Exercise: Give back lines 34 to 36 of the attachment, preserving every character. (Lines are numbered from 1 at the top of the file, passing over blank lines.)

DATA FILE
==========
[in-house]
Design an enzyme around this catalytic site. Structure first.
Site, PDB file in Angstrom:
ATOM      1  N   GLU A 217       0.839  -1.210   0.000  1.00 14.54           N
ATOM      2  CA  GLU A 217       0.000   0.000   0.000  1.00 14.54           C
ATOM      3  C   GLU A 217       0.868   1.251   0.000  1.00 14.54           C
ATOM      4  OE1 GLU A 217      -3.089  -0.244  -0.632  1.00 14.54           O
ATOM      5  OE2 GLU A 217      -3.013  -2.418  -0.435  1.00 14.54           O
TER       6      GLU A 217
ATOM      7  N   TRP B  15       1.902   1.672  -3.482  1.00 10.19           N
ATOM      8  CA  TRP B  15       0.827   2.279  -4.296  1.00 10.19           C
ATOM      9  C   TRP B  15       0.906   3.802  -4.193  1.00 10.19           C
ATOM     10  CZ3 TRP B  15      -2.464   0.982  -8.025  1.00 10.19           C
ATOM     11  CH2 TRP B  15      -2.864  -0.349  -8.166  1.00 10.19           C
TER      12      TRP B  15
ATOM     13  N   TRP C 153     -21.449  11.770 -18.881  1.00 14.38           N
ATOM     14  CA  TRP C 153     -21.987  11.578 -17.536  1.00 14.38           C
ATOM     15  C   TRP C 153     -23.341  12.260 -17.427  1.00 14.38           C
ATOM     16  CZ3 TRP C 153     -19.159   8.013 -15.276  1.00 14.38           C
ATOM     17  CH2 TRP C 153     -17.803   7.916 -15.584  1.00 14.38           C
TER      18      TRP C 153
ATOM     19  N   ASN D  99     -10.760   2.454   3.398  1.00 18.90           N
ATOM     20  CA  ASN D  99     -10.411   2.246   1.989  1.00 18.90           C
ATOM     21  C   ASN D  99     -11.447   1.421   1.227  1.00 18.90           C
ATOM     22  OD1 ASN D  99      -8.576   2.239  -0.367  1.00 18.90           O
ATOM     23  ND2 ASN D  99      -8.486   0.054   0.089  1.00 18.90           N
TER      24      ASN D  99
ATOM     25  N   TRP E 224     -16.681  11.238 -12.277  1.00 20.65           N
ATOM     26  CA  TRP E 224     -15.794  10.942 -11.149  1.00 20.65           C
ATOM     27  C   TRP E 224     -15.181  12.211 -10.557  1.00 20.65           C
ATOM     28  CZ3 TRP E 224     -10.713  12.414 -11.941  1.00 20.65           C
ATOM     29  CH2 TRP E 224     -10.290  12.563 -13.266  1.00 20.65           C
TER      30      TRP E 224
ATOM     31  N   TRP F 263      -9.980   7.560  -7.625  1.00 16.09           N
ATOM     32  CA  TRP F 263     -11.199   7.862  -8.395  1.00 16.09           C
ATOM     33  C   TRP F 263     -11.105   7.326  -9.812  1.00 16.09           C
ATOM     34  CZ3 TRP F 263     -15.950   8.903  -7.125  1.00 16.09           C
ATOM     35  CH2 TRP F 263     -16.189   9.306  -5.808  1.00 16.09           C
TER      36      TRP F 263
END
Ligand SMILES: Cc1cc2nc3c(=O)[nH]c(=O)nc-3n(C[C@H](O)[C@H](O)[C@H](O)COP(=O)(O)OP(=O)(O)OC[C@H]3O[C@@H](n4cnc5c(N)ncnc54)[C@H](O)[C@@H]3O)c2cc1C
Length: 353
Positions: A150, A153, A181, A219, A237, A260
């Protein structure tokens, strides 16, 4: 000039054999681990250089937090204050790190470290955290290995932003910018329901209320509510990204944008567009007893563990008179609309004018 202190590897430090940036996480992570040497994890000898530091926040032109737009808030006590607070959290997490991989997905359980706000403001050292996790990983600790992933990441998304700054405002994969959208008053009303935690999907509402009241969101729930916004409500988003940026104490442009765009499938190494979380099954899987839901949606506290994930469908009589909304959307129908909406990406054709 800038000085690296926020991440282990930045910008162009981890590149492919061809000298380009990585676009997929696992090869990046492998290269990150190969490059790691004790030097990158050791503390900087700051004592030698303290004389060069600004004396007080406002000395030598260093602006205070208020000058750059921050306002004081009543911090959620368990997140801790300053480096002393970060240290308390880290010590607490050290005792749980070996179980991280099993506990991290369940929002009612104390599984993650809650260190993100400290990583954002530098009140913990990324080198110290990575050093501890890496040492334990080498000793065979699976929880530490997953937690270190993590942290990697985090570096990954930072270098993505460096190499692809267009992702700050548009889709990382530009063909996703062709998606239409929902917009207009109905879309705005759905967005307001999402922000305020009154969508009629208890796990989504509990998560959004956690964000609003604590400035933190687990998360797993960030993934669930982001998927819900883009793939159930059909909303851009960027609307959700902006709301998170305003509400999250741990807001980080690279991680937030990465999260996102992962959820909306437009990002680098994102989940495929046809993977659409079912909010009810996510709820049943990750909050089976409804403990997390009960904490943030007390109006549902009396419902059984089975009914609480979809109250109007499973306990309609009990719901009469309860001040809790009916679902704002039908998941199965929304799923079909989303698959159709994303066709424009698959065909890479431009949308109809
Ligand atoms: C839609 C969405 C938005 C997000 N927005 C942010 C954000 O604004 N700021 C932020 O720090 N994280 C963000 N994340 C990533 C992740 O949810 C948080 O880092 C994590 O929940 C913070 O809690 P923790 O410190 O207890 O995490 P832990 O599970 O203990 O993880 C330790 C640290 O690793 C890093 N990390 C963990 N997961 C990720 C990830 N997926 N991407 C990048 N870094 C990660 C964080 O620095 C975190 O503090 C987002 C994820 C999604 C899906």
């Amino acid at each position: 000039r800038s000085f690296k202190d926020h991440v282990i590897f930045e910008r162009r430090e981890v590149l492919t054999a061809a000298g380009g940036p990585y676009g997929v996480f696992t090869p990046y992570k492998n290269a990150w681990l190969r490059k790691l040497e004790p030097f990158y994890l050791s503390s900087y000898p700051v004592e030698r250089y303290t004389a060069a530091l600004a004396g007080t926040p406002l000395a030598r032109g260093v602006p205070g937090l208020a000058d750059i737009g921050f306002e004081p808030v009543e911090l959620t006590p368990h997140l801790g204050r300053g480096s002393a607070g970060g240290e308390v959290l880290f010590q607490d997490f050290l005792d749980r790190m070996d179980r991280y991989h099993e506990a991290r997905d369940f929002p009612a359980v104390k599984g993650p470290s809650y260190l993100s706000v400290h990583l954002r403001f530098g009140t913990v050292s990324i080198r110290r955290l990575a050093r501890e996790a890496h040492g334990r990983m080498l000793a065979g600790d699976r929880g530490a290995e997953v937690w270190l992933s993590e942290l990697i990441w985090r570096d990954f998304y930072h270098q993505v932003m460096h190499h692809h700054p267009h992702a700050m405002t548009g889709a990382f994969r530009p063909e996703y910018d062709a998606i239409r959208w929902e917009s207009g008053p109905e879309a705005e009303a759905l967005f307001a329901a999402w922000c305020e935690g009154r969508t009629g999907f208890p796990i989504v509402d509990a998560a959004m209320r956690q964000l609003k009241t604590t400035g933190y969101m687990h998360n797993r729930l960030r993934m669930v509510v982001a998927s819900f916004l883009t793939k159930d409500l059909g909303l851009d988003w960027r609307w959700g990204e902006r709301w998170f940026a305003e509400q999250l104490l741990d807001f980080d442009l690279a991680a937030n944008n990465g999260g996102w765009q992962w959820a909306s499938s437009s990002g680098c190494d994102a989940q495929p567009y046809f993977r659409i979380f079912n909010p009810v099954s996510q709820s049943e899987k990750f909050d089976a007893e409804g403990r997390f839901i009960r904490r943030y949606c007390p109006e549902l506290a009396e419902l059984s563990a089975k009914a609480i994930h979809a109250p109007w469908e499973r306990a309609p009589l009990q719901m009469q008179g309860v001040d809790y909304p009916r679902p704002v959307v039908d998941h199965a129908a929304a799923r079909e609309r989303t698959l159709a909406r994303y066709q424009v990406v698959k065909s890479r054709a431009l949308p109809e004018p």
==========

ATOM     31  N   TRP F 263      -9.980   7.560  -7.625  1.00 16.09           N
ATOM     32  CA  TRP F 263     -11.199   7.862  -8.395  1.00 16.09           C
ATOM     33  C   TRP F 263     -11.105   7.326  -9.812  1.00 16.09           C